House Works To Limit Executive Pay

The House of Representatives took the first step toward an overhaul of financial regulation by passing a bill that aims to curb executive pay deemed excessive. The bill would give shareholders a voice in executive pay and allow federal regulators to restrict pay practices that might encourage risky behavior.

Copyright © 2009 NPR. For personal, noncommercial use only. See Terms of Use. For other uses, prior permission required.

MADELEINE BRAND, host:

From NPR News, this is ALL THINGS CONSIDERED. I'm Madeleine Brand.

ROBERT SIEGEL, host:

And I'm Robert Siegel.

The House has taken the first step toward overhauling the financial regulatory system. It passed a bill to limit CEO pay. The legislation aims to curb exorbitant salaries and bonuses, the kind that supporters say encouraged the risky behavior leading up to the financial crisis.

NPR's Audie Cornish reports.

AUDIE CORNISH: The House legislation is nicknamed Say-On-Pay. Under the measure supported by the Obama administration, company shareholders would get to vote each year on the structure, salaries and bonuses of their top executives. And a company's compensation board would have to be certified as independent of the firm. Then the bill goes further than the White House. Lawmakers added a provision to give financial regulators new power to stop compensation plans deemed to encourage excessive risk.

House Financial Services Committee Chairman Barney Frank.

Representative BARNEY FRANK (Democrat, Massachusetts; Chairman, Financial Services Committee): Excessive risk is when the people who take the risk pay no penalty when it goes wrong. When they have a heads they win, tails they break even situations, when the company loses money and the economy may suffer, but the decision makers do not.

CORNISH: Opponents such as Georgia Republican Tom Price said the bill goes too far.

Representative TOM PRICE (Republican, Georgia): What we do have concerns about, grave concerns, is the intervention of the federal government into one business after another, after another. This is just another example of that. It's a terrible idea. It strikes at the very core of the free market principles that have made us the greatest nation in the history of the world.

CORNISH: Republicans failed to win support for their alternative bill. It would've let shareholders vote to opt out of the program. And it would've dropped any role for federal regulators, such as the Securities and Exchange Commission.

Alabama's Spencer Bachus, the top Republican on Financial Services.

Representative SPENCER BACHUS (Republican, Alabama): If it took them 30 years to catch Bernie Madoff, do you really think the SEC can do a better job of identifying inappropriate risk than the vast majority of financial institutions' executives?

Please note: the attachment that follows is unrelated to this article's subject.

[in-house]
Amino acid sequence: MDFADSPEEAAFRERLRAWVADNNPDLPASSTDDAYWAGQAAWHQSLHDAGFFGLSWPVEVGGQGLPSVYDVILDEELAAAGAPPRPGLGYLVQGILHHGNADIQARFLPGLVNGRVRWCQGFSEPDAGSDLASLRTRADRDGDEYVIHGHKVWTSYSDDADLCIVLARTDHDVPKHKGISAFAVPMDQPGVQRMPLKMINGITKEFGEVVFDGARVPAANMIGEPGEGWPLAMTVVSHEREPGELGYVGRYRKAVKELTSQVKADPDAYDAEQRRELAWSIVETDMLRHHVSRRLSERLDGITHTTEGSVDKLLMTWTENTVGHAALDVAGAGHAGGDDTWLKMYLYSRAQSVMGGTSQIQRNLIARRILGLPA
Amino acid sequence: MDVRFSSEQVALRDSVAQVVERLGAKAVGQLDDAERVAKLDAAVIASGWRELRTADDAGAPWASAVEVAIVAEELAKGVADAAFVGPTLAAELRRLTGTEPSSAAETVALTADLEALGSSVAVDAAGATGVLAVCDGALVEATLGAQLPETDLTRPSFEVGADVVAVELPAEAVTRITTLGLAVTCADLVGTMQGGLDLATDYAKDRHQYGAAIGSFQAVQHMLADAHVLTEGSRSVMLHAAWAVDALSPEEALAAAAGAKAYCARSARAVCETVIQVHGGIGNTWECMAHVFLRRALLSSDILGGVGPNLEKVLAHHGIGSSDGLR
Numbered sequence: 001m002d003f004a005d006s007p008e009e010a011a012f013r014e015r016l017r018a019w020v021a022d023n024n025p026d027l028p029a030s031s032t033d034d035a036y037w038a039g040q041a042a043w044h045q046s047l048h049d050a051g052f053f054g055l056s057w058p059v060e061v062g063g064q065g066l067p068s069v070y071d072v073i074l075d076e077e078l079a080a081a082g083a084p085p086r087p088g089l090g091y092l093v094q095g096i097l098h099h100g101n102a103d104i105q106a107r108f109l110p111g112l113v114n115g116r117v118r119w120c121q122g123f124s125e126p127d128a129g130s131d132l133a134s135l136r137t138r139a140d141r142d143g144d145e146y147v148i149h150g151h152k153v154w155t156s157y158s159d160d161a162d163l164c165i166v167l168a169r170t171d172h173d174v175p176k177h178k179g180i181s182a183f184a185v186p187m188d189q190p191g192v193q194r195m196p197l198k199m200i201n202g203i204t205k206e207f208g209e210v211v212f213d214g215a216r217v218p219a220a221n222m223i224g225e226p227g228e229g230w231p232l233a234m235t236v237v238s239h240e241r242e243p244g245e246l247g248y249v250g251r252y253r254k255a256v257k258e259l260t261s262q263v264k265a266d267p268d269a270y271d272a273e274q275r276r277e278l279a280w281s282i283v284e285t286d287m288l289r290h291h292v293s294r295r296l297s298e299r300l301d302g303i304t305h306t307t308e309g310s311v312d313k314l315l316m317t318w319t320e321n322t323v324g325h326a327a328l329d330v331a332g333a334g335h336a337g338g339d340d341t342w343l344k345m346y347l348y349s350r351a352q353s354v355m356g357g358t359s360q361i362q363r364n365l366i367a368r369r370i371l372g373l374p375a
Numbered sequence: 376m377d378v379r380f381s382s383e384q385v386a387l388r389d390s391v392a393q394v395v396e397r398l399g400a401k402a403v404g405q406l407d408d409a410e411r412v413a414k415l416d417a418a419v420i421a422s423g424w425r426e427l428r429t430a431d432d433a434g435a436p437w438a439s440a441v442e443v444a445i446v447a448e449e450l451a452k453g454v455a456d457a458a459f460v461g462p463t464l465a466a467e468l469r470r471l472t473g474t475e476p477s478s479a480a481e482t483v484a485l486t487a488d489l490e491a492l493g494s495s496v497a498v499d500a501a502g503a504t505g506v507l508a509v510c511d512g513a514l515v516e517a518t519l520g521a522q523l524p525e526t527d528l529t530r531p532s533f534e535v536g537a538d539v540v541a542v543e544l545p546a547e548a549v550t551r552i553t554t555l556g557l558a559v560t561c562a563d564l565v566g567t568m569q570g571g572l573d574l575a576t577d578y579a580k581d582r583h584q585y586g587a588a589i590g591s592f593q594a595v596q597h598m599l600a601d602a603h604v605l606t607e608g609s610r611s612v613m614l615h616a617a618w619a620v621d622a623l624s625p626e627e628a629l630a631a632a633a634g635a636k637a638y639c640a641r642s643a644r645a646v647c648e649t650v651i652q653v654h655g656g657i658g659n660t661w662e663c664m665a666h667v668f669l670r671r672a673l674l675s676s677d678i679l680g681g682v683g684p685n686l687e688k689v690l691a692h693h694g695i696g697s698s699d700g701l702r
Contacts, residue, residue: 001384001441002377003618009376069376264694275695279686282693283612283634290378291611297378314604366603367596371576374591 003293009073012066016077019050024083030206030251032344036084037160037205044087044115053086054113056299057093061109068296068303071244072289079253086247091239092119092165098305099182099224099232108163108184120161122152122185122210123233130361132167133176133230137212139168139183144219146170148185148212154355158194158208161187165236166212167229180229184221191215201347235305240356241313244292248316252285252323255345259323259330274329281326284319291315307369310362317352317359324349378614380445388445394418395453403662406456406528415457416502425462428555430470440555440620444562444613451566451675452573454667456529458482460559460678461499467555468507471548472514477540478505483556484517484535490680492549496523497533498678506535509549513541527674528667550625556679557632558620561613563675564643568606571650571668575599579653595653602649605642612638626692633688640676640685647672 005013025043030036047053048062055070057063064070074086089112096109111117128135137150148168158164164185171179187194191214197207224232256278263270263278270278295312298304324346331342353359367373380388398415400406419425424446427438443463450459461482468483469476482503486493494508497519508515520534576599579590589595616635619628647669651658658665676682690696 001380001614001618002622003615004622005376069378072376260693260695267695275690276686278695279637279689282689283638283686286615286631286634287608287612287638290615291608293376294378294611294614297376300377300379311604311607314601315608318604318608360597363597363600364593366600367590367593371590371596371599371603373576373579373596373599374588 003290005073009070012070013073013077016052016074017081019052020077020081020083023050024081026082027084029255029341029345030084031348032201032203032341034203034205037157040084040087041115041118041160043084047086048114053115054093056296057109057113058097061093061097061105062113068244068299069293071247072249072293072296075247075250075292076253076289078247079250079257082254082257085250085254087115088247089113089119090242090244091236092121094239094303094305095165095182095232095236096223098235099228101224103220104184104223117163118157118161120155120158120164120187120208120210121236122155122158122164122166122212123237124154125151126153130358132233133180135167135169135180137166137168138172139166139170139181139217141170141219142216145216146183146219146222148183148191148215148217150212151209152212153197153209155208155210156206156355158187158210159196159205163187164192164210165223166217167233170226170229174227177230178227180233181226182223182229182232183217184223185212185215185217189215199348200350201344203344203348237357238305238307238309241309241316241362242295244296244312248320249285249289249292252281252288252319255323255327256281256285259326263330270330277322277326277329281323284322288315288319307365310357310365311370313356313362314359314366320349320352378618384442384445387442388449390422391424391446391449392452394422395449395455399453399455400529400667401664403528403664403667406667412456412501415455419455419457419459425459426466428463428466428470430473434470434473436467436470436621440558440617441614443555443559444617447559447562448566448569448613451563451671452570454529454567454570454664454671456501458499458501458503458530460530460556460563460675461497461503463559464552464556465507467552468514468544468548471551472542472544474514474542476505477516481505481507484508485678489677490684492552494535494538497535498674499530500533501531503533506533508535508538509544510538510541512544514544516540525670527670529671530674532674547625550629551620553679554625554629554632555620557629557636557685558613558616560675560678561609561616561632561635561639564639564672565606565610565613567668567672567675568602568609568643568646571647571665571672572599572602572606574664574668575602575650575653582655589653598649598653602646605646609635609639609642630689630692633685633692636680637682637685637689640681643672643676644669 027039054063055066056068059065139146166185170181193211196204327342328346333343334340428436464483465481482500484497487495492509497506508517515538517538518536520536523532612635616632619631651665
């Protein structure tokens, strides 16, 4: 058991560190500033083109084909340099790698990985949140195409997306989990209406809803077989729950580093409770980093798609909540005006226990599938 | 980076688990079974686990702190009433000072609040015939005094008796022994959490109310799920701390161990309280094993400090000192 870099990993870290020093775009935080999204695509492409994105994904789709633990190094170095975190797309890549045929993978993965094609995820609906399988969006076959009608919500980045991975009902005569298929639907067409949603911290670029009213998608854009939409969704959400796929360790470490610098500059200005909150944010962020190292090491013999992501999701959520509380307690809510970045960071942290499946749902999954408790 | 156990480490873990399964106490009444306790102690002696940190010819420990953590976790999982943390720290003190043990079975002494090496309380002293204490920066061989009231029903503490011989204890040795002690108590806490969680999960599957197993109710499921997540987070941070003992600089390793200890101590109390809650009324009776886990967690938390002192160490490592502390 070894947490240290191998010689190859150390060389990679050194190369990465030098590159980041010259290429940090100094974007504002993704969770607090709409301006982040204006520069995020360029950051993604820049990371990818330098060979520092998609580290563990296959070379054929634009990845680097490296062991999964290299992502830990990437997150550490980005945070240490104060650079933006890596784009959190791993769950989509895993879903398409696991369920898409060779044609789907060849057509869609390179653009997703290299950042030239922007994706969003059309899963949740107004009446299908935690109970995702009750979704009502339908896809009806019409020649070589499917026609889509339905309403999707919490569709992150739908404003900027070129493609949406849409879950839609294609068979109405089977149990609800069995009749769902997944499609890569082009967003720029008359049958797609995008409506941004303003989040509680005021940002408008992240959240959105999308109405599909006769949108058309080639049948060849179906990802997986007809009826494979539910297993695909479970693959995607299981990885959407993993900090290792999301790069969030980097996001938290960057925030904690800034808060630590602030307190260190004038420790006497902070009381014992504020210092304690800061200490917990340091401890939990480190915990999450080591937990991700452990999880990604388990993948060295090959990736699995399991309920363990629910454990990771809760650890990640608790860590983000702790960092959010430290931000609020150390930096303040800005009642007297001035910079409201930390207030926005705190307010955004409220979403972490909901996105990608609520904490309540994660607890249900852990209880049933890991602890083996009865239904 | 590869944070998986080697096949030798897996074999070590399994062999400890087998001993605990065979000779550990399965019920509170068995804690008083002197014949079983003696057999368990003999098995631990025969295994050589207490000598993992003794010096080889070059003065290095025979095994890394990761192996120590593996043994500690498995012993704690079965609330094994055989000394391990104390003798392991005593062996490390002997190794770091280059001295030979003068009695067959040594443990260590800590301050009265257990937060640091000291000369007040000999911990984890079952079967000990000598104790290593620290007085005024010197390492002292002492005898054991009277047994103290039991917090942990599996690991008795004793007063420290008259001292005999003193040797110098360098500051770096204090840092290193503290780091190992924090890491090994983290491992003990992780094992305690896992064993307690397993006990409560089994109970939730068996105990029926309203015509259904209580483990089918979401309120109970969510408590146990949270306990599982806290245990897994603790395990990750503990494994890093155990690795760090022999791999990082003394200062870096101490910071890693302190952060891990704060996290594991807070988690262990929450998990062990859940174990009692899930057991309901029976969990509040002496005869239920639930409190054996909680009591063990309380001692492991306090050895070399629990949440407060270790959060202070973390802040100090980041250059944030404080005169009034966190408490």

CORNISH: Democrats dismissed the objections as misleading. They pointed out that the shareholder vote would be non-binding. And the measure would only apply to companies with more than a billion dollars in assets. And it wouldn't get into the nitty-gritty of how much any particular executive gets paid, said Congressman Frank.

Rep. FRANK: There is no mandate here to set wages for anybody. There is no mandate to say this percentage is bonuses and that percentage is pay. It is a mandate only to act where the structure incentivizes risk.

CORNISH: The vote on the bill was 237 to 185. It came a day after a report from the New York attorney general said that some banks that received bailouts had paid out million dollar bonuses. The legislation is the first part of a larger financial regulatory overhaul Congress plans to work on this fall.

Audie Cornish, NPR News, the Capitol.

Copyright © 2009 NPR. All rights reserved. No quotes from the materials contained herein may be used in any media without attribution to NPR. This transcript is provided for personal, noncommercial use only, pursuant to our Terms of Use. Any other use requires NPR's prior permission. Visit our permissions page for further information.

NPR transcripts are created on a rush deadline by a contractor for NPR, and accuracy and availability may vary. This text may not be in its final form and may be updated or revised in the future. Please be aware that the authoritative record of NPR's programming is the audio.

Comments

 

Please keep your community civil. All comments must follow the NPR.org Community rules and terms of use, and will be moderated prior to posting. NPR reserves the right to use the comments we receive, in whole or in part, and to use the commenter's name and location, in any medium. See also the Terms of Use, Privacy Policy and Community FAQ.